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TOMOKO A. HOSAKA, Associated Press TOKYO J apan's central bank sprayed more cash over jittery money markets Thursday as a major bank's ATMs suffered a two and a half hour outage nationwide and the yen shot to a record high. The Bank of Japan injected an additional 6 trillion yen ( $76.7 billion) in same-day funds after the dollar hit 76.25 yen in the morning an alltime low for the greenback in the aftermath of Friday's earthquake and tsunami that killed thousands and triggered an unfolding nuclear crisis. With same-day funds, banks in need c an access cash immediately. Mizuho Bank, Japan's third biggest lender, said 5,600 automatic cash dispensing machines were back online by midday after blacking out at about 9 a.m. It didn't explain the outage, which had added to already rattled nerves. The capital Tokyo endured more rolling blackouts Thurs day and faces months of power shortages because of earthquake damage to nuclear and conventional power plants. The utility that serves Tokyo has been forced to slash power supplies by a quarter. Power to parts of the sprawling region, which produces 40 percent of Japan's economic output, is cut for three hours a day. Around the country, people queued for fuel and emptied supermarket shelves of food and other necessities. Hundreds of thousands of people in the devastated northeast continued to shelter in temporary accom modation. Driving the yen to unprece dented highs were predictions that big Japanese investors like insurance companies would repatriate funds from overseas en masse to cover the cost of tsunami damage to northeast ern Japan, said Masafumi Yamamoto, chief foreign exchange strategist at Barclays Capital in Tokyo. The repatriation hasn't hap pened yet, so the volatility is "highly speculative," he said. The market is now betting that the finance ministry and Bank o f Japan will intervene to sell the dollar and weaken the yen.A strong yen hurts Japan's exporters, potentially deepening the already severe hit to the world's No. 3 economy from the multiple disasters. Analysts at Goldman Sachs estimated that Japan's disaster losses could reach $200 billion, which is more than 3 percent of Japan's gross domestic prod uct. The hardest hit prefectures (states Fukushima and Ibaraki represent about 7 percent of Japan's economy. The region is home to steel plants, oil refineries, nuclear power plants and factories mak ing parts for cars and electronics. Roads and other transport networks are crippled, while power supplies are constrained. The latest offer of central bank funding didn't prevent stocks from losing ground again. The Nikkei 225 stock average closed down 1.4 per cent at 8,962.67 after plunging on Monday and Tuesday before partly recovering on Wednesday. The Bank of Japan conduct ed emergency operations for the fourth day in a row, adding to the 55.6 trillion ($688 billion it provided money markets the previous three days. Of that figure, 28 trillion yen were sameday funds. By flooding the banking sys tem with money, it hopes banks will continue lending and meet the expected surge in the demand for post-disaster funds. F inancial markets nervously monitored the rapidly changing situation at a crippled nuclear power plant in the northeast. On Thursday, Japanese military helicopters dumped loads of seawater onto the plant, trying to cool danger ously overheated uranium fuel rods that may be on the verge of spewing more radiation into the atmosphere. NEW YORK Signs that the U.S. economy is improving helped investors put aside fears over Japan's nuclear crisis Thursday, if only temporarily. A gauge of manufacturing in the mid-Atlantic region jumped in February to the highest point since January 1984. The survey from the Federal Reserve's Philadelphia branch showed new orders soared. Production at U.S. factories, mines and utilities dipped last month but was actually higher in previous months than first estimated, according to the Federal Reserve. The Labor Department reported that the number of people applying for unemployment benefits fell more than economists expected last week. Ongoing claims dropped to the lowest level since October 2008. "It's a reminder that the U.S. e conomy continues to gain momentum," said Alan Gayle, senior investment strategist at RidgeWorth Investments in Richmond, Virginia. "Economic growth leads to more spending, more production and ultimately rising profits," he said. "And at the end of thed ay, that's what investors buy: rising profits." Gains in the stock market were broad. All of the 10 groups rose in the Standard & Poor's 500 index, the basis for most U.S. mutual funds. Twenty-six of the 30 stocks that make up the Dow Jones industriala verage rose, led by a 3.2 percent increase in HewlettPackard Co. The Dow gained 161.29 points, or 1.4 percent, to 11,774.59. The index fell 242 points Wednesday, its largest drop since August. The Standard & Poor's 500 rose 16.84, or 1.3 percent, to 1,273.72. With Thursday's gains, the Dow and S&P 500 are up more than 1 percent for the year. The Nasdaq rose 19.23, or 0.7 percent, to 2,636.05. The technology-heavy index is down 0.6 percent for the year. FedEx Corp. rose 3 percent. The world's second-largest delivery company said revenue rose 11 percent in the most recent quarter, mostly due to higher shipping rates. FedEx said those higher rates may help it beat earnings forecasts in the future. United Parcel Service Inc., FedEx's rival, rose 1.7 per cent. The dollar dropped to an alltime low against the Japanese yen late Wednesday, reaching 76.53 yen to the dollar. By Thursday afternoon, the yen had weakened and was trading at 78.97 yen to the dollar. When the yen loses strength, it takes more yen to buy one dollar. A stronger yen would hurt Japan's exporters, potentially dealing another problem to an economy already wracked by an earthquake, tsunami and evolving nuclear crisis. A separate report from the Labor Department showed consumer prices edged higher in February. The Consumer Price Index rose 0.5 percent last month, slightly stronger than forecasts. Core prices, which exclude food and fuel costs, edged up 0.2 percent, the same as the previous month. Three stocks rose for every one that fell on the New York Stock Exchange. Consolidated volume came to 4.3 billion shares. BUSINESS T HE TRIBUNE FRIDAY, MARCH 18, 2011, PAGE 7B 52wk-Hi52wk-LowSecurit y Previous CloseToday's CloseChangeDaily Vol.EPS $Div $P/EYield 1 .130.95AML Foods Limited1.091.090.006,4300.1230.0408.93.67% 10.639.05Bahamas Property Fund10.6310.630.000.0130.200817.71.88% 5.754.40Bank of Bahamas4.404.400.000.1530.10028.82.27% 0.530.17Benchmark0.180.180.00-0.8770.000N/M0.00% 2.842.70Bahamas Waste2.702.700.000.1680.09016.13.33% 2.201.96Fidelity Bank1.961.960.000.0160.040122.52.04% 12.409.43Cable Bahamas10.219.43-0.781,0001.0500.3109.03.29% 2.852.35Colina Holdings2.402.400.000.7810.0403.11.67% 7.005.80Commonwealth Bank (S1)6.826.820.001650.4880.26014.03.81% 2.861.90Consolidated Water BDRs2.142.10-0.040.1110.04518.92.14% 2.541.40Doctor's Hospital1.401.400.000.1070.11013.17.86% 6.305.25Famguard5.255.250.001,0000.3570.24014.74.57% 9.275.65Finco5.885.880.000.6820.0008.60.00% 11.408.77FirstCaribbean Bank9.399.35-0.041,0000.4940.35018.93.74% 6.004.57Focol (S)5.475.470.000.4520.16012.12.93% 1.001.00Focol Class B Preference1.001.000.000.0000.000N/M0.00% 7.255.50ICD Utilities7.407.400.004500.0120.240616.73.24% 10.509.80J. S. Johnson9.829.820.000.8590.64011.46.52% 10.0010.00Premier Real Estate10.0010.000.001.2070.2008.32.00% 52wk-Hi52wk-LowSecuritySymbolLast SaleChangeDaily Vol. 99.4699.46Bahamas Note 6.95 (2029BAH2999.460.00 100.00100.00Fidelity Bank Note 17 (Series A) +FBB17100.000.00 100.00100.00Fidelity Bank Note 22 (Series B) +FBB22100.000.00 100.00100.00Fidelity Bank Note 13 (Series C) +FBB13100.000.00 100.00100.00Fidelity Bank Note 15 (Series D) +FBB15100.000.00 52wk-Hi 52wk-Low Symbol Bid$ Ask$ LastPrice DailyVol EPS$ Div$ P/E Yield FINDEX: YEAR END 2008 -12.31%30 May 2013 20 November 2029TUESDAY, 15 MARCH 2011BISX ALL SHARE INDEX: CLOSE 1,447.31 | CHG -10.59 | %CHG -0.73 | YTD -52.20 | YTD % -3.48BISX LISTED DEBT SECURITIES (Bonds trade on a Percentage Pricing basis)Maturity 19 October 2017 7%RoyalFidelity Merchant Bank & Trust Ltd. (Over-The-Counter Securities)29 May 2015 W WW.BISXBAHAMAS.COM | TELEPHONE:242-323-2330 | FACSIMILE: 242-323-232019 October 2022 Prime + 1.75% Prime + 1.75% 6.95%B ISX LISTED & TRADED SECURITIES AS OF:7% Interest 52wk Hi 52wk Low Symbol Bid $ Ask $ Last Price Daily Vol EPS $ Div $ P/E Yield 10.065.01Bahamas SupermarketsN/AN/A14.00-2.9450.000N/M0.00% 0.550.40RND Holdings0.350.400.550.0010.000256.60.00% 41.0029.00ABDAB30.1331.5929.004.5400.0009.030.00% 0.550.40RND Holdings0.450.550.550.0020.000261.900.00% 52wk-Hi52wk-LowFund NameNAVYTD%Last 12 Months %NAV 3MTH 1.51221.4076CFAL Bond Fund1.51795.51%6.90%1.498004 2.95272.8300CFAL MSI Preferred Fund2.94860.04%1.45%2.918256 1.58371.5141CFAL Money Market Fund1.58370.61%4.59%1.564030 3.20252.8522Royal Fidelity Bahamas G & I Fund2.7049-0.56%-15.54% 13.638813.0484Royal Fidelity Prime Income Fund13.43920.61%-0.22% 114.3684101.6693CFAL Global Bond Fund114.36849.98%12.49%109.392860 106.552899.4177CFAL Global Equity Fund106.55284.75%7.18%100.779540 1.14651.0000FG Financial Preferred Income Fund1.14655.20%5.20% 1.11851.0000FG Financial Growth Fund1.11854.73%4.73% 1.14911.0000FG Financial Diversified Fund1.14915.35%5.35% 9.74859.1005Royal Fidelity Bah Int'l Investment Fund Principal Protected TIGRS, Series 19.79504.85%5.45% 11.236110.0000Royal Fidelity Bah Int'l Investment Fund Principal Protected TIGRS, Series 210.6417-1.20%0.50% 10.12669.1708Royal Fidelity Bah Int'l Investment Fund Principal Protected TIGRS, Series 310.12661.27%1.27% 8.45104.8105Royal Fidelity Int'l Fund Equities Sub Fund8.45100.72%9.95% BISX ALL SHARE INDEX 19 Dec 02 = 1,000.00YIELD last 12 month dividends divided by closing price 52wk-Hi Highest closing price in last 52 weeksBid $ Buying price of Colina and Fidelity 52wk-Low Lowest closing price in last 52 weeksAsk $ Selling price of Colina and fidelity Previous Close Previous day's weighted price for daily volumeLast Price Last traded over-the-counter price Today's Close Current day's weighted price for daily volumeWeekly Vol. Trading volume of the prior week Change Change in closing price from day to dayEPS $ A company's reported earnings per share for the last 12 mths Daily Vol. Number of total shares traded todayNAV Net Asset Value DIV $ Dividends per share paid in the last 12 monthsN/MNot Meaningful P/E Closing price divided by the last 12 month earningsFINDEX The Fidelity Bahamas Stock Index. January 1, 1994 = 100 (S) 4-for-1 Stock Split Effective Date 8/8/2007 (S1) 3-for-1 Stock Split Effective Date 7/11/200730-Nov-10 31-Jan-11 107.570619 105.776543 30-Jun-10 31-Dec-10 NAV 6MTH 1.475244 2.910084 1.545071TO TRADE CALL: CFAL 242-502-7010 | ROYALFIDELITY 242-356-7764 | FG CAPITAL MARKETS 242-396-4000 | COLONIAL 242-502-752530-Nov-10 30-Sep-10 28-Feb-11 11-Feb-11 31-Jan-11MARKET TERMS31-Dec-10 31-Jan-11CFAL Securities Ltd. (Over-The-Counter Securities)31-Jan-11BISX Listed Mutual FundsNAV Date 30-Nov-10 31-Dec-10 7 KH QHZURRPKHUDWRQDVVDX%HDFKHVRUW7KH%DKDPDVLVORRNLQJIRU'LUHFWRURI)RRGt%HYHUDJH'LUHFWDQGRUJDQL]HWKH)RRG%HYHUDJHIXQFWLRQZLWKLQWKHKRWHOLQRUGHUWRPDLQWDLQKLJK VWDQGDUGVRIIRRGDQGEHYHUDJHTXDOLW\VHUYLFHDQGPHUFKDQGLVLQJWRPD[LPL]H 3DUWLFLSDWHLQWRWDOKRWHOPDQDJHPHQWDVDPHPEHURIWKHKRWHO([HFXWLYH&RPPLWWHH( VVHQWLDO)XQFWLRQV 3ODQDQGGLUHFWWKHIXQFWLRQVRIDGPLQLVWUDWLRQDQGSODQQLQJRIWKH)RRGDQG%HYHUDJH 'HSDUWPHQWWRPHHWWKHGDLO\QHHGVRIRSHUDWLRQ &OHDUO\GHVFULEHDVVLJQDQGGHOHJDWHUHVSRQVLELOLW\DQGDXWKRULW\IRUWKHRSHUDWLRQRIWKH YDULRXVIRRGDQGEHYHUDJHVXEGHSDUWPHQWVLHURRPVHUYLFHUHVWDXUDQWVEDQTXHWVNLWFKHQV VWHZDUGVHWF 'HYHORSLPSOHPHQWDQGPRQLWRUVFKHGXOHVIRUWKHRSHUDWLRQRIDOOUHVWDXUDQWVDQGEDUVWR DFKLHYHDSURWDEOHUHVXOW 3DUWLFLSDWHZLWKWKHFKHIRXWOHWPDQDJHUVDQGFDWHULQJPDQDJHUVLQWKHFUHDWLRQRIDWWUDFWLYH DQGPHUFKDQGLVLQJPHQXVGHVLJQHGWRDWWUDFWDSUHGHWHUPLQHGFXVWRPHUPDUNHW ,PSOHPHQWHIIHFWLYHFRQWURORIIRRGEHYHUDJHDQGODERUFRVWVDPRQJDOOVXEGHSDUWPHQWV $VVLVWWKHDUHDPDQDJHUVLQHVWDEOLVKLQJDQGDFKLHYLQJSUHGHWHUPLQHGSUR REMHFWLYHVDQGGHVLUHGVWDQGDUGVRITXDOLW\IRRGVHUYLFHFOHDQOLQHVVPHUFKDQGLVLQJ DQGSURPRWLRQ6 NLOOVt$ELOLWLHV 0XVWEHDEOHWRVSHDNUHDGZULWHDQGXQGHUVWDQGWKHSULPDU\ODQJXDJHVfXVHGLQWKH ZRUNSODFH 0XVWEHDEOHWRUHDGDQGZULWHWRIDFLOLWDWHWKHFRPPXQLFDWLRQSURFHVV 5HTXLUHVJRRGFRPPXQLFDWLRQVNLOOVERWKYHUEDODQGZULWWHQ &RQVLGHUDEOHNQRZOHGJHRIFRPSOH[PDWKHPDWLFDOFDOFXODWLRQVDQGFRPSXWHUDFFRXQWLQJ SURJUDPV%XGJHWDU\DQDO\VLVFDSDELOLWLHVUHTXLUHG $ELOLW\WRDFFHVVDQGDFFXUDWHO\LQSXWLQIRUPDWLRQXVLQJDPRGHUDWHO\FRPSOH[FRPSXWHU V\VWHP $ELOLW\WRHIIHFWLYHO\GHDOZLWKLQWHUQDODQGH[WHUQDOFXVWRPHUVVRPHRIZKRPZLOO UHTXLUHKLJKOHYHOVRISDWLHQFHWDFWDQGGLSORPDF\WRGLIIXVHDQJHUFROOHFWDFFXUDWH LQIRUPDWLRQDQGUHVROYHFRQLFWV 0RVWWDVNVDUHSHUIRUPHGLQDWHDPHQYLURQPHQWZLWKWKHHPSOR\HHDFWLQJDVDWHDP OHDGHU7KHUHLVPLQLPDOGLUHFWVXSHUYLVLRQ4XDOLFDWLRQVt([SHULHQFH +LJKFKRRORUHTXLYDOHQWHGXFDWLRQUHTXLUHG%DFKHORUV'HJUHHSUHIHUUHG 6HYHUDO\HDUVH[SHULHQFHLQRYHUDOO)RRGt%HYHUDJHRSHUDWLRQDVZHOODVPDQDJHPHQW H[SHULHQFH&XOLQDU\VDOHVDQGVHUYLFHEDFNJURXQGUHTXLUHG4XDOLHGDSSOLFDQWVDUHLQYLWHGWRYLVLWRXUZHEVLWHRUHPDLOUHVXPHVDWVQEUMREV#VKHUDWRQFRP1RWH$OOLQIRUPDWLRQZLOOEHKHOGLQVWULFWHVWRIFRQGHQFH 'HDGOLQHIRUDOODSSOLFDQWVLV Stronger economic reports help stocks rebound despite Japan crisis (AP Photo/Koji Sasahara W EATHERINGACRISIS: A man walks by an electronic stock board of a securities firm in Tokyo Monday, F eb. 28, 201. DISASTER IN JAPAN J APAN SPRAYS MORE CASH OVER JITTERY MARKETS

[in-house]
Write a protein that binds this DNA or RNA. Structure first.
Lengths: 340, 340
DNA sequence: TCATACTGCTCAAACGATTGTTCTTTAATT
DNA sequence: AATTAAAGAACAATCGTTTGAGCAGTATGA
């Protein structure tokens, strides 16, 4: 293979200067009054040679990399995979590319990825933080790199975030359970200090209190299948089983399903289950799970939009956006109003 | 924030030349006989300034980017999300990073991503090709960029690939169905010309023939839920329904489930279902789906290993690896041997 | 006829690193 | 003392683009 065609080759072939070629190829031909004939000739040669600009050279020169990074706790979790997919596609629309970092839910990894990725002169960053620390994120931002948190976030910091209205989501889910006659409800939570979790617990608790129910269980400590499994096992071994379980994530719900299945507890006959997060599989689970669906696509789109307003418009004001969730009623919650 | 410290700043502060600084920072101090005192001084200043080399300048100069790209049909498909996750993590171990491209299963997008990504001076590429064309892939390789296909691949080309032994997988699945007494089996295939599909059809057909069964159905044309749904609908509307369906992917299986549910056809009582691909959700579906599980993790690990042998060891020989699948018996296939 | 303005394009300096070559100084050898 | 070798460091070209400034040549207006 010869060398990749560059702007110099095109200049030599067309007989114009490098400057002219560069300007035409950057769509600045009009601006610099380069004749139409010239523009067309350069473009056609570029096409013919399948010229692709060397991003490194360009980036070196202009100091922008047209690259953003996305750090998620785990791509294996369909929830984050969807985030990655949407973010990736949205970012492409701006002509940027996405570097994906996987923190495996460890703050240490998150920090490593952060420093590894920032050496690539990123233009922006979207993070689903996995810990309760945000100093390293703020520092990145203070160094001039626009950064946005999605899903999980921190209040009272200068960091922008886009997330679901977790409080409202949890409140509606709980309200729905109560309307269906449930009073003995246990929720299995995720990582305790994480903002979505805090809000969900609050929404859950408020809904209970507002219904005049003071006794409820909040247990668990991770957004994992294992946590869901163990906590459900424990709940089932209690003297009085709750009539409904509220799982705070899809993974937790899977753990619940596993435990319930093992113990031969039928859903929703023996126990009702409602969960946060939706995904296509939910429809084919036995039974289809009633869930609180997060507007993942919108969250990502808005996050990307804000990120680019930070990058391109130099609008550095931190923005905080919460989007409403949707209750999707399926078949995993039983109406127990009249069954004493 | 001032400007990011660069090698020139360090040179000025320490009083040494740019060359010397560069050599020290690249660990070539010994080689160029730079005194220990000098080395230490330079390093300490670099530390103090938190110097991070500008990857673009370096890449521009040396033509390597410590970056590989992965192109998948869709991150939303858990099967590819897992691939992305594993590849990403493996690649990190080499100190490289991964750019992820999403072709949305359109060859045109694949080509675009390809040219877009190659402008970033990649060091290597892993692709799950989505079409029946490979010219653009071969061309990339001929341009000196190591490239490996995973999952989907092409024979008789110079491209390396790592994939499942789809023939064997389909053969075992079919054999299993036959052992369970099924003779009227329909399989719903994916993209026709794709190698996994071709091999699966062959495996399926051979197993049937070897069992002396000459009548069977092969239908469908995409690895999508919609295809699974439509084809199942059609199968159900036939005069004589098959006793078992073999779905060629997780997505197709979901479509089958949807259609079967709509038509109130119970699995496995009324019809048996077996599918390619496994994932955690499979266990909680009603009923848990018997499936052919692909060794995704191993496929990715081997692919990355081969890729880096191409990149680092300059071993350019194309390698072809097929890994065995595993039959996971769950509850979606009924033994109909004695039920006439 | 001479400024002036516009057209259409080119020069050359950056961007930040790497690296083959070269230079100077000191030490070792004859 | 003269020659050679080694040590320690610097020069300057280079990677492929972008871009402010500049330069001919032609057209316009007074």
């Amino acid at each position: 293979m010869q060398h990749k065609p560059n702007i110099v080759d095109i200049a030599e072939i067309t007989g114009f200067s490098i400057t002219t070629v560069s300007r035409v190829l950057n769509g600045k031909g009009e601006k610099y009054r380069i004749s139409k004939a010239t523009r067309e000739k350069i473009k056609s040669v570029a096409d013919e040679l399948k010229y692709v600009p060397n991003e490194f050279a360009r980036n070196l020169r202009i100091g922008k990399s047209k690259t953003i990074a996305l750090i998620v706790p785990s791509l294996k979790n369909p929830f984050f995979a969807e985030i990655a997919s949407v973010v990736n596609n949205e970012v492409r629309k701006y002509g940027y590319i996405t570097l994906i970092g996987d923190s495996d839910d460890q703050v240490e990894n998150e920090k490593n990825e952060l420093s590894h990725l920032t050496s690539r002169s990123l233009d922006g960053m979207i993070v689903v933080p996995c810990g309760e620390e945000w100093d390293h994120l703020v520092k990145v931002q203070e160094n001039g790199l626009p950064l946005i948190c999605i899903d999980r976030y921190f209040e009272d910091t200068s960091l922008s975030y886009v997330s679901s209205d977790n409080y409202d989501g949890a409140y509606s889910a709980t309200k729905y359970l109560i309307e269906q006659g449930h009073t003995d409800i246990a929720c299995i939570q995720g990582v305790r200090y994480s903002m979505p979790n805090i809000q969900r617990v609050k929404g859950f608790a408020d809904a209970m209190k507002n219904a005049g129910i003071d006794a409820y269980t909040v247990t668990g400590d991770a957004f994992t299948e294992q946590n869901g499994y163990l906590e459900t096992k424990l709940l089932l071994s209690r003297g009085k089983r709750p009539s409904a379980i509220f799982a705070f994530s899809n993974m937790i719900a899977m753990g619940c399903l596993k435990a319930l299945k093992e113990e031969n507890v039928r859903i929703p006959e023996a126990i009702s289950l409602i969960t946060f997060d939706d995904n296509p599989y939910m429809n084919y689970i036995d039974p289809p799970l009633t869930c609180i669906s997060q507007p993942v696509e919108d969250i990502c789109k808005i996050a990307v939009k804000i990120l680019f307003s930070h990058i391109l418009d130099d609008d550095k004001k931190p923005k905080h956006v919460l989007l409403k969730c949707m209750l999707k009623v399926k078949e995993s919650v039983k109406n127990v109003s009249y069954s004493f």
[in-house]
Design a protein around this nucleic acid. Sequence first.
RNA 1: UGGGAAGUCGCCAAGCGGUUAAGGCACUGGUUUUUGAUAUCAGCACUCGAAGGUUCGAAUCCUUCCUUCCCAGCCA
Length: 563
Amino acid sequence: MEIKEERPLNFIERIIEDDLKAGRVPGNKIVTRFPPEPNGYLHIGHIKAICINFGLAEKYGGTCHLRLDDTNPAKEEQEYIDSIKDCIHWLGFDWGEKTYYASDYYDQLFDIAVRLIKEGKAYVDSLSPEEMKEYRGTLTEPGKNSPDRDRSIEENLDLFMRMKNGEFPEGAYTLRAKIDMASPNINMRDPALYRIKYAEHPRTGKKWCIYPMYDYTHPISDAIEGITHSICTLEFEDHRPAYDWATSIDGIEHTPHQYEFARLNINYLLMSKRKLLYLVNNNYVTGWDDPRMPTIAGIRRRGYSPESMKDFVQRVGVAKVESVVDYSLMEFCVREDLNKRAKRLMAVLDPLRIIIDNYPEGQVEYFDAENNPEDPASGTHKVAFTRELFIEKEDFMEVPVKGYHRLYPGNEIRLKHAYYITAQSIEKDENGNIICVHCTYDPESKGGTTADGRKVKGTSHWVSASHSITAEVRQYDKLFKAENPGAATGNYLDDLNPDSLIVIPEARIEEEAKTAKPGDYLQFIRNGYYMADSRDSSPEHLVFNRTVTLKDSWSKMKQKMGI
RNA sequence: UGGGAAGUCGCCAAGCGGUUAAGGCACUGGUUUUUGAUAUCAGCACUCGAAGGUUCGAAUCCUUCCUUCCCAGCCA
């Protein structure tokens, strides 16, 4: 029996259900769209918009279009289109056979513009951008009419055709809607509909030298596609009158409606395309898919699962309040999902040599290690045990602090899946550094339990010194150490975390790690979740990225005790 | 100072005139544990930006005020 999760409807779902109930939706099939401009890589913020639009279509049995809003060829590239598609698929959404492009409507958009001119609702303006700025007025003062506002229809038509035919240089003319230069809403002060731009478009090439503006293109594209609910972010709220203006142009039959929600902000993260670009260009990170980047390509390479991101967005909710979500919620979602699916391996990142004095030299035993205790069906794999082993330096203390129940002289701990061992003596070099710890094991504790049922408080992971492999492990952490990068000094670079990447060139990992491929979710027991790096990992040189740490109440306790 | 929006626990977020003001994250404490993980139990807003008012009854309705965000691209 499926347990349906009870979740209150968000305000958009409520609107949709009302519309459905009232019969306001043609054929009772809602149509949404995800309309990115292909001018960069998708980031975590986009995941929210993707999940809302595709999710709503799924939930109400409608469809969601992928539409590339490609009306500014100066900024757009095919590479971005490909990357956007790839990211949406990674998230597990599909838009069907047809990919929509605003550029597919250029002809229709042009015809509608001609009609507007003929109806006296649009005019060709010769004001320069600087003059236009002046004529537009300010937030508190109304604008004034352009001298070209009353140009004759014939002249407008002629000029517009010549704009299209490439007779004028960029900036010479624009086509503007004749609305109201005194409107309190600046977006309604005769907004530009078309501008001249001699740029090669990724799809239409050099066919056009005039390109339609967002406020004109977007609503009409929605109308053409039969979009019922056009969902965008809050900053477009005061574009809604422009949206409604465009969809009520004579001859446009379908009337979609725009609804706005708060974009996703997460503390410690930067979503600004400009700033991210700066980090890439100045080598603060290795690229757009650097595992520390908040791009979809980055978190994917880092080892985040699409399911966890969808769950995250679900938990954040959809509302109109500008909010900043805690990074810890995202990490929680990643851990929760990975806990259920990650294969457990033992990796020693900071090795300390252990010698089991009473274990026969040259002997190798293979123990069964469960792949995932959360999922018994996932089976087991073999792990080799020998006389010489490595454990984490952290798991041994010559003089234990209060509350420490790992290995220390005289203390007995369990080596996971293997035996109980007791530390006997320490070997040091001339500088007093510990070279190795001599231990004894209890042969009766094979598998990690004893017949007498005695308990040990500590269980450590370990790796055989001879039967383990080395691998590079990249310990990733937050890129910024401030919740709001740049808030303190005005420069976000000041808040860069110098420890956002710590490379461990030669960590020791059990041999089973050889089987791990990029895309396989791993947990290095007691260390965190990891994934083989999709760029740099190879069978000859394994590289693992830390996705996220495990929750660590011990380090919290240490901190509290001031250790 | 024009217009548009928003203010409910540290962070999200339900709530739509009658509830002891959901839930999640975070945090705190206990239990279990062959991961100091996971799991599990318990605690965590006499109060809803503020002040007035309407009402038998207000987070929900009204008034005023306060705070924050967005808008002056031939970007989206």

PAGE 17

B USINESS PAGE 8B, FRIDAY, MARCH 18, 2011 THE TRIBUNE WASHINGTON Factories are producing more cars, computers and household appliances, and applications for unemployment benefits over the past four weeks are at the lowest point since summer 2008. Economic data released Thursday suggest that March will be the second straight month of strong job growth. And the reports helped Wall Street rebound a day after the market suffered its biggest drop in seven months. Still, rising prices for household necessities and trouble overseas could slow the U.S. economy in the coming months. "We have a lot of momen tum in the U.S. economy right now," said Kurt Karl, chief economist at Swiss Re. "That's good, particularly since we're going to be challenged by high er oil prices" and the impact of Japan's earthquake and nuclear crisis. A key reason for the brighter outlook is that factory production increased in February for the sixth straight month. The Federal Reserve said produc tion of cars and auto parts jumped 4.2 percent, nearly matching January's gain. Pro duction of furniture, electronics and appliances all rose. Manufacturing output has grown in all but four months since the recession ended in June 2009. And manufacturers have created 190,000 jobs over the past year, the highest 12month total for that group since 1998. Last month alone facto ries added 33,000 net new jobs. Ford Motor Co. said last month that it would boost fac tory production 13 percent in the January-March quarter in response to greater demand for its cars and trucks. The company has announced plans to hire 7,000 workers over the next two years just to build new models, such as the Ford Escape, a small SUV. Rising factory output sup ports "more high-paying jobs, and more high-paying over time," said Brian Bethune, chief U.S. financial economist at IHS Global Insight. Fewer people are seeking unemployment benefits. Appli cations fell last week for the third time in four weeks, the Labor Department said. The four-week average has dropped to a 386,250 the lowest level since July 2008. That's near the 375,000 level that, if sustained, tends to signal declines in the unemployment rate. WASHINGTON Americans paid more for food and gas in February, driv ing up consumer prices at the fastest pace in nearly two years. The Consumer Price Index rose 0.5 percent in February, the largest increase since June 2009, the Labor Department said Thursday. Core prices, which exclude food and energy, rose only 0.2 percent, matching Janu ary's gain. Gas prices jumped 4.7 percent in February, above January's increase but below December's rise. Oil and gas prices have risen sharply since the beginning of the year due to political turmoil in the Middle East. Food costs increased 0.6 percent, the most since September 2 008. Food costs rose for almost all major grocery store groups, including meat and eggs, dairy, and fruits and vegetables. The cost of cereals and baked goods was flat, the only group that didn't increase. Bigger food and gas bills may limit Americans' ability to buy discretionary goods, and that could hamper economic growth. Rising raw material costs are also reducing profit margins at some companies. There are also concerns that inflation could spread. New car prices also jumped 1 percent, and airline fares and medical care costs rose. Clothing costs dropped 0.9 percent, after a sharp rise in January. Despite those gains, economists said there is little sign that price increases outside of food and energy will get out of hand. "High unemployment and modest wage gains should continue to keep a lid on ... inflation," said Sal Guatieri, an economist at BMO Capital Markets. Some companies are starting to pass on higher raw materials costs to consumers. Kimberly-Clark Corp. said Thursday that it is raising prices on its Huggies diapers, Cottonelle toilet paper and other child care products. The move is intended to offset higher costs for wood pulp and oil. Other companies are reporting lower profits due to higher commodity costs. FedEx Corp. said Thursday that earnings fell 3 percent in the December-February quarter because of rising fuel prices and bad winter weather. The drop occurred even though the package delivery company also raised prices to offset oil costs. FOOD AND GAS PRICES SHARPLY UP IN US ( AP Photo/Seth Perlman, file) HARVESTTIME: In this file photo taken Oct. 7, 2010, central Illinois farmer Bob Hogan climbs back into his combine while harvesting soybeans in Pawnee, Ill. Wholesale prices outside of the volatile food and energy categories rose at the fastest pace in more than two years last month, a sign inflation could be rising as the economy strengthens. ( AP Photo/Steve Helber) FINALADJUSTMENTS: In this Jan. 26, 2011 photo, workers make final adjustments in the inspection area on the Volvo truck assembly line at the Volvo plant in Dublin, Va. Factories produced more cars, a ppliances, computers and furniture in February, lifting manufacturing output for the sixth straight month. INTERNATIONAL BUSINESS Str ong economic data points to more hiring WASHINGTON The Federal Reserve plans to tell some major banks on Friday whether they are healthy enough to boost stock dividends. Banks can increase dividends if they pass "stress tests" show ing that they can weather another recession. All of the 19 largest banks overseen by the Fed were subject to the examinations even if they didn't intend to increase their dividend payments. Those banks include Citigroup, Bank of America, JPMorgan Chase & Co. and Wells Fargo. The Fed's first stress tests were conducted in 2009 when the country was reeling from a severe recession and financial crisis. Those results were made public in a move to boost confidence in the fragile U.S. banking system. Fed to soon give gr een light on bank dividends